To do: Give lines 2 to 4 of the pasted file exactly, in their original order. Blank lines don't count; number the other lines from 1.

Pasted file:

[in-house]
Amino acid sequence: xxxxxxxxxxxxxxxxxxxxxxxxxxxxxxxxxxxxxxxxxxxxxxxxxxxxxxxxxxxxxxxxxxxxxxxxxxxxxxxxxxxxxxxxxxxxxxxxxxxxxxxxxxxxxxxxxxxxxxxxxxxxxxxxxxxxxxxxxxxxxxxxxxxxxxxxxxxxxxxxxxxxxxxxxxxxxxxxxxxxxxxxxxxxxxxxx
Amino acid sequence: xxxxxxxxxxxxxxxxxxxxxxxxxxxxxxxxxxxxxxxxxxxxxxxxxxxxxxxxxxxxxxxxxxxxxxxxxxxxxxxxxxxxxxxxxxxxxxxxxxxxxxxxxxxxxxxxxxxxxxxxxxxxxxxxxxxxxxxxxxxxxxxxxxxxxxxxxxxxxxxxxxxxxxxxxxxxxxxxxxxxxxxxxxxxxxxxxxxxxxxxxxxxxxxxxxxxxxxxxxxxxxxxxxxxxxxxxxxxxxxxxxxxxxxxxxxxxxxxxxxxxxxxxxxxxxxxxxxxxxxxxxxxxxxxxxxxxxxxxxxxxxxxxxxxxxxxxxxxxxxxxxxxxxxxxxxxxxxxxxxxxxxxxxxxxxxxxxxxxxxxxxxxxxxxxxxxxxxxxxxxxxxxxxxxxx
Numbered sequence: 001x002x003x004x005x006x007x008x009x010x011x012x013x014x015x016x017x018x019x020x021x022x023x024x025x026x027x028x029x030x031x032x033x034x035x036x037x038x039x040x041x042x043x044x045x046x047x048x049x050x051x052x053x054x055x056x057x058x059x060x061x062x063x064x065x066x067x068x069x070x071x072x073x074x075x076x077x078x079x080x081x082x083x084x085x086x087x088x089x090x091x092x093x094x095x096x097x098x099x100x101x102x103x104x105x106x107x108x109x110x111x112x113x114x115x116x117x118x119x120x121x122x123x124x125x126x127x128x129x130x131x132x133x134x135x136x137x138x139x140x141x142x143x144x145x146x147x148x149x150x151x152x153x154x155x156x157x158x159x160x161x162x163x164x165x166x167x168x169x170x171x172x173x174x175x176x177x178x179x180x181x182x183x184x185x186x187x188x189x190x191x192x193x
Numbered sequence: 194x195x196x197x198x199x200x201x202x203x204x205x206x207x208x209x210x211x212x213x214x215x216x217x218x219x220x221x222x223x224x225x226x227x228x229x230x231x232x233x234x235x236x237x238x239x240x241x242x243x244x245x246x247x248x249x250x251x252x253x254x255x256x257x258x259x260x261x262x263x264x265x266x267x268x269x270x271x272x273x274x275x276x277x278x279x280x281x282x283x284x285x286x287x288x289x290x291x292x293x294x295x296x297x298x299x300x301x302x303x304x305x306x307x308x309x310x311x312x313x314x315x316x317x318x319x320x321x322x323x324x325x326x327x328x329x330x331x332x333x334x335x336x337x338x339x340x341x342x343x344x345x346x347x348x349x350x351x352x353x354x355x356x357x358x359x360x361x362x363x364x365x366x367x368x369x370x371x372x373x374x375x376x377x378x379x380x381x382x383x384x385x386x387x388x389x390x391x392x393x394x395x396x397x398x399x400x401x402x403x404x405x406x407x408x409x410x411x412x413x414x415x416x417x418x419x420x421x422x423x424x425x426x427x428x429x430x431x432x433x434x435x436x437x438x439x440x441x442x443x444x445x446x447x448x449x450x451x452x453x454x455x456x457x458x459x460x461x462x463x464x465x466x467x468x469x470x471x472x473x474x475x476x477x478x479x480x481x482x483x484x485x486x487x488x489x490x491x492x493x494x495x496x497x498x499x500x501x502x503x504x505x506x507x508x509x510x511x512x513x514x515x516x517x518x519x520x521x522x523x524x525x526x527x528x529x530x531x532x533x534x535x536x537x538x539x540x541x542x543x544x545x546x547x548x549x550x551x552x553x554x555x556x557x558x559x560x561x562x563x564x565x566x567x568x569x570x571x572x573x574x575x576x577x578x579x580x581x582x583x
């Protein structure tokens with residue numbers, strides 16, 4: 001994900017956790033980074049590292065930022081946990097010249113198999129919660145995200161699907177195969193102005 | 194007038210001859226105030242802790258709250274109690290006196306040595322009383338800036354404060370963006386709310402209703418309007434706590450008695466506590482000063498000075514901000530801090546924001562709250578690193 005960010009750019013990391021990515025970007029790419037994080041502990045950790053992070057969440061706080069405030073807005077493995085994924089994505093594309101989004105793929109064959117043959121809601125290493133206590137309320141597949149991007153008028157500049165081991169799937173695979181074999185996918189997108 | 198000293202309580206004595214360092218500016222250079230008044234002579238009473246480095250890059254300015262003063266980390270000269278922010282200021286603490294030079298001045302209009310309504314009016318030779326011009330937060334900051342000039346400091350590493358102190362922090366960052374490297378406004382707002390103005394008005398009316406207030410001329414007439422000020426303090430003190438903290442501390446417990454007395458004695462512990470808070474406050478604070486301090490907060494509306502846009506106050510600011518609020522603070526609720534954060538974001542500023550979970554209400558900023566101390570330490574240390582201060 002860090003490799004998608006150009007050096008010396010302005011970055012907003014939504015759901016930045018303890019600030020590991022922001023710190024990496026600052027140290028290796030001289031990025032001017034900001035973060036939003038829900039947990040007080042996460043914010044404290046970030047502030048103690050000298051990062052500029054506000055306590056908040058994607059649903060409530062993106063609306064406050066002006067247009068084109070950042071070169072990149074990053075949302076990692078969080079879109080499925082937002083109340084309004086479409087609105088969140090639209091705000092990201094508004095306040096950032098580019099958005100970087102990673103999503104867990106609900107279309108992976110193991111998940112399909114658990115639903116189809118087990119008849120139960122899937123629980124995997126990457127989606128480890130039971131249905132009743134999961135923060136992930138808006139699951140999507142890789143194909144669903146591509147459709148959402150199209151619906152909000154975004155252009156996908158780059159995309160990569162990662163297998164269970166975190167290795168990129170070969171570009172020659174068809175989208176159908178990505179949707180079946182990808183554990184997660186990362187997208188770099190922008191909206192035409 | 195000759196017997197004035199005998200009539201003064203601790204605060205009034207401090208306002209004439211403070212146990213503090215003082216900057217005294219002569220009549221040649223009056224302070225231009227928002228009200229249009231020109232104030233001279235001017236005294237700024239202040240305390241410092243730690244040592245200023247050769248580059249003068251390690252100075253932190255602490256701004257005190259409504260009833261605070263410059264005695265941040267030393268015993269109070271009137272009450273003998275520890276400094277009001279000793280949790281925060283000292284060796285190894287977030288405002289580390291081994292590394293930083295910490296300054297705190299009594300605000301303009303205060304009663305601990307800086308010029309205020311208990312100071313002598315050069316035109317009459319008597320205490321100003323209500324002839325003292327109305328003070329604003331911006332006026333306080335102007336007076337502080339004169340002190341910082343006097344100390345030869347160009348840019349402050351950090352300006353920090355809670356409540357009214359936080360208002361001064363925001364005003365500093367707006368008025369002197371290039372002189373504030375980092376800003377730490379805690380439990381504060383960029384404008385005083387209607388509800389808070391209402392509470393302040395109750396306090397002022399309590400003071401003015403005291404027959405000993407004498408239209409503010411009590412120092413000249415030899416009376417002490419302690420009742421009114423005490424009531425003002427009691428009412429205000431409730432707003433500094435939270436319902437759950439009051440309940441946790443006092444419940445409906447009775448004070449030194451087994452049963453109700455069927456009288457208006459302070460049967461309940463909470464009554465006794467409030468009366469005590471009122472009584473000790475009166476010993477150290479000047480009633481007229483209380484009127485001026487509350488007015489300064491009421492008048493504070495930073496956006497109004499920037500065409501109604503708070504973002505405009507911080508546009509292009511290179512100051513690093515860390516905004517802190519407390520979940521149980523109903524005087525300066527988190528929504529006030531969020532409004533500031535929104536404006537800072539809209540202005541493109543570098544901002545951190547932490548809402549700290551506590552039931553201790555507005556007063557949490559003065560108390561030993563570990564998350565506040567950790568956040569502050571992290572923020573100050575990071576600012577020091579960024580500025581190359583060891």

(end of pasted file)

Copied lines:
Amino acid sequence: xxxxxxxxxxxxxxxxxxxxxxxxxxxxxxxxxxxxxxxxxxxxxxxxxxxxxxxxxxxxxxxxxxxxxxxxxxxxxxxxxxxxxxxxxxxxxxxxxxxxxxxxxxxxxxxxxxxxxxxxxxxxxxxxxxxxxxxxxxxxxxxxxxxxxxxxxxxxxxxxxxxxxxxxxxxxxxxxxxxxxxxxxxxxxxxxx
Amino acid sequence: xxxxxxxxxxxxxxxxxxxxxxxxxxxxxxxxxxxxxxxxxxxxxxxxxxxxxxxxxxxxxxxxxxxxxxxxxxxxxxxxxxxxxxxxxxxxxxxxxxxxxxxxxxxxxxxxxxxxxxxxxxxxxxxxxxxxxxxxxxxxxxxxxxxxxxxxxxxxxxxxxxxxxxxxxxxxxxxxxxxxxxxxxxxxxxxxxxxxxxxxxxxxxxxxxxxxxxxxxxxxxxxxxxxxxxxxxxxxxxxxxxxxxxxxxxxxxxxxxxxxxxxxxxxxxxxxxxxxxxxxxxxxxxxxxxxxxxxxxxxxxxxxxxxxxxxxxxxxxxxxxxxxxxxxxxxxxxxxxxxxxxxxxxxxxxxxxxxxxxxxxxxxxxxxxxxxxxxxxxxxxxxxxxxxxx
Numbered sequence: 001x002x003x004x005x006x007x008x009x010x011x012x013x014x015x016x017x018x019x020x021x022x023x024x025x026x027x028x029x030x031x032x033x034x035x036x037x038x039x040x041x042x043x044x045x046x047x048x049x050x051x052x053x054x055x056x057x058x059x060x061x062x063x064x065x066x067x068x069x070x071x072x073x074x075x076x077x078x079x080x081x082x083x084x085x086x087x088x089x090x091x092x093x094x095x096x097x098x099x100x101x102x103x104x105x106x107x108x109x110x111x112x113x114x115x116x117x118x119x120x121x122x123x124x125x126x127x128x129x130x131x132x133x134x135x136x137x138x139x140x141x142x143x144x145x146x147x148x149x150x151x152x153x154x155x156x157x158x159x160x161x162x163x164x165x166x167x168x169x170x171x172x173x174x175x176x177x178x179x180x181x182x183x184x185x186x187x188x189x190x191x192x193x